cover of book
 

Civil Wars: Women and the Crisis of Southern Nationalism
by George C. Rable
University of Illinois Press, 1989
eISBN: 978-0-252-05444-0 | Paper: 978-0-252-06212-4 | Cloth: 978-0-252-01597-7
Library of Congress Classification E628.R3 1989
Dewey Decimal Classification 973.715042

ABOUT THIS BOOK | AUTHOR BIOGRAPHY | REVIEWS | TOC
ABOUT THIS BOOK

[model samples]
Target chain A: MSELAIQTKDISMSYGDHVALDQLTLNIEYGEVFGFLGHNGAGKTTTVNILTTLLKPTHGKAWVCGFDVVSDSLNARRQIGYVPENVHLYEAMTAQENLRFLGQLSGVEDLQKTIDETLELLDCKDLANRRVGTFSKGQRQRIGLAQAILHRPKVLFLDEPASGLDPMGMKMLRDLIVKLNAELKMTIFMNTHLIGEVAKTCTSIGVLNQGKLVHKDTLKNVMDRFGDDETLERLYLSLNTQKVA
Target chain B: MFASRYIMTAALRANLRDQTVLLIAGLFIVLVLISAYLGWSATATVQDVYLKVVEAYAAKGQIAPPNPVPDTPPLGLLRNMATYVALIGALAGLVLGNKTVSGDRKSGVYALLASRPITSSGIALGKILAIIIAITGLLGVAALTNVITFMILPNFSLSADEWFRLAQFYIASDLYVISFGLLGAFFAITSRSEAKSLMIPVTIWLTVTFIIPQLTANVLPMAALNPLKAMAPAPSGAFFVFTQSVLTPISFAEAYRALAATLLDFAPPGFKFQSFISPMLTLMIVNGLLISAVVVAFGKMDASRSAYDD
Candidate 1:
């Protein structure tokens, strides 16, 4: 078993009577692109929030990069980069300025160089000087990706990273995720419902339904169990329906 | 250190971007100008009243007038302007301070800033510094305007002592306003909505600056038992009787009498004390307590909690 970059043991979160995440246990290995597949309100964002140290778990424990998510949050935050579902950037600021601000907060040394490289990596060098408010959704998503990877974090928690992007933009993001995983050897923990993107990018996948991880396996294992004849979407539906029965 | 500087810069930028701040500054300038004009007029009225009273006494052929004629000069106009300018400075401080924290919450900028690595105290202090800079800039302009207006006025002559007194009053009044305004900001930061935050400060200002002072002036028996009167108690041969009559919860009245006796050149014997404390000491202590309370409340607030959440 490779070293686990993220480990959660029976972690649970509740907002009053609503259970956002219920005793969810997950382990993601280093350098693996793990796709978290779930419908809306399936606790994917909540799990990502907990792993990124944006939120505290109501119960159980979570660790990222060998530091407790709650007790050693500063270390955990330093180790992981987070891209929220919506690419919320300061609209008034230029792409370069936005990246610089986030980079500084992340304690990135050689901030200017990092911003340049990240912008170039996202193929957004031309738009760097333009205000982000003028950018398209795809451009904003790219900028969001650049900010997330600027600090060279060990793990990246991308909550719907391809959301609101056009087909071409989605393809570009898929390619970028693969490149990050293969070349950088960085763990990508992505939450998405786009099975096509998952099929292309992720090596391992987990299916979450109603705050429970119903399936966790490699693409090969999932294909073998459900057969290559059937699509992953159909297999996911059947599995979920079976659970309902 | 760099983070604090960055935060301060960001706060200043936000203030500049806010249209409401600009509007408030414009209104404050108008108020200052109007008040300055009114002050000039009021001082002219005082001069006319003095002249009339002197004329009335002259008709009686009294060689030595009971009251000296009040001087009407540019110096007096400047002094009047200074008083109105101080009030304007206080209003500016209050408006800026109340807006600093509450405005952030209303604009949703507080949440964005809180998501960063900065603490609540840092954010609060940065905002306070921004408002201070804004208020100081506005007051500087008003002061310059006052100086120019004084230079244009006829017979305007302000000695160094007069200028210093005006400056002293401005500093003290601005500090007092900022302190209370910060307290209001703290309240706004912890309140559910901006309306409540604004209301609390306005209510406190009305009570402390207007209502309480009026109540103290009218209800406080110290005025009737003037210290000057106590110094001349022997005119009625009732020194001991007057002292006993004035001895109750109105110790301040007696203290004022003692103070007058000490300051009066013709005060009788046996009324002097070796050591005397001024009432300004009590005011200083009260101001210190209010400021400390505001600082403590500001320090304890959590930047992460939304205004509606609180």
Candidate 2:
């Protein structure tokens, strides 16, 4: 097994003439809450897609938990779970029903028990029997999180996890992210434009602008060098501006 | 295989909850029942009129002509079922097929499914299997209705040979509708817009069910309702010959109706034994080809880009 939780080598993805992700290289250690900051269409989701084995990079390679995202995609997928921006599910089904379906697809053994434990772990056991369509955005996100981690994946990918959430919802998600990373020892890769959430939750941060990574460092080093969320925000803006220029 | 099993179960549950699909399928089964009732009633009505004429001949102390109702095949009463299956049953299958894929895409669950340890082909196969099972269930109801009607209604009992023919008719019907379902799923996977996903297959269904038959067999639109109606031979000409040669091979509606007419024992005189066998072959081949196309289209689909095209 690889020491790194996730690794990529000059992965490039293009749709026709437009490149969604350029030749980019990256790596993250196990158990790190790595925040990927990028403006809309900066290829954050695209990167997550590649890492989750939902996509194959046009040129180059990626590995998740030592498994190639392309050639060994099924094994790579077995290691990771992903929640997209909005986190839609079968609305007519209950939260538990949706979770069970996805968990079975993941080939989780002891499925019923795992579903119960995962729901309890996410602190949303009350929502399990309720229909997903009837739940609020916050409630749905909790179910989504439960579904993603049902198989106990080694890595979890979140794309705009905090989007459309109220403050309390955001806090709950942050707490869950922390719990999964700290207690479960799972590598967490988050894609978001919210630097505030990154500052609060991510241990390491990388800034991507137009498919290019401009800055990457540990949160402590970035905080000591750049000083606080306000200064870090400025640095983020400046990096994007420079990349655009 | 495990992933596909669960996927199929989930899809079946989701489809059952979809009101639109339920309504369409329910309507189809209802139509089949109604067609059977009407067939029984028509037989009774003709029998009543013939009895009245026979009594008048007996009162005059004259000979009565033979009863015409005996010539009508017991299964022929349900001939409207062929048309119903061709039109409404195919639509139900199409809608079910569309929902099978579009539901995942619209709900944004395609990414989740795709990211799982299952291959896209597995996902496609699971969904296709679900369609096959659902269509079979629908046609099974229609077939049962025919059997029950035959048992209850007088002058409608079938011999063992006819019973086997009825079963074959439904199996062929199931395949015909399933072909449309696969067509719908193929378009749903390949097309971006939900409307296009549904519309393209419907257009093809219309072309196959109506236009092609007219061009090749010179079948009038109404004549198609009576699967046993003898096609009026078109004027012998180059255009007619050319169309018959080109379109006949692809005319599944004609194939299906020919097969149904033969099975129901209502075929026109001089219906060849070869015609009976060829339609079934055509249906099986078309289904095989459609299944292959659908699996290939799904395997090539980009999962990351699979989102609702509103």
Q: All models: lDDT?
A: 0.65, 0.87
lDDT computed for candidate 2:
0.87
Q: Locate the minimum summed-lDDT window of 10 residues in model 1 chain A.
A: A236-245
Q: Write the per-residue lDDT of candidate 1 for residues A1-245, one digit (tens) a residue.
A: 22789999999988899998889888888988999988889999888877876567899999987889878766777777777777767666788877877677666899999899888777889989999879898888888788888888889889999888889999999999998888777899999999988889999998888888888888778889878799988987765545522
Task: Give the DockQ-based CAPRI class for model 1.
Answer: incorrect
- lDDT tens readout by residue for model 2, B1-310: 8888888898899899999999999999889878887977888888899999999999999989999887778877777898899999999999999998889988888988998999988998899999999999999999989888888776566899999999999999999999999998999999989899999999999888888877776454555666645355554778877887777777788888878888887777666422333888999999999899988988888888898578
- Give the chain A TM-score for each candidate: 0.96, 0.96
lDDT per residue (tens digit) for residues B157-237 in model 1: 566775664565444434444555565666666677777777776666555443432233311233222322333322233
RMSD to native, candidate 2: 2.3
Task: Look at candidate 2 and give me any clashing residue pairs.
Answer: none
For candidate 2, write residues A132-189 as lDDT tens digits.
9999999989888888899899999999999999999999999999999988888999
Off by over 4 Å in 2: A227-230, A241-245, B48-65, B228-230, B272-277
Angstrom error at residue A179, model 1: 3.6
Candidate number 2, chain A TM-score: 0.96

Born into a male-dominated society, southern women often chose to support patriarchy and their own celebrated roles as mothers, wives, and guardians of the home and humane values. George C. Rable uncovers the details of how women fit into the South's complex social order and how Southern social assumptions shaped their attitudes toward themselves, their families, and society as a whole. He reveals a bafflingly intricate social order and the ways the South's surprisingly diverse women shaped their own lives and minds despite strict boundaries. Paying particular attention to women during the Civil War, Roble illuminates their thoughts on the conflict and the threats and challenges they faced and looks at their place in both the economy and politics of the Confederacy. He also ranges back to the antebellum era and forward to postwar South, when women quickly acquiesced to the old patriarchal system but nonetheless lived lives changed forever by the war.
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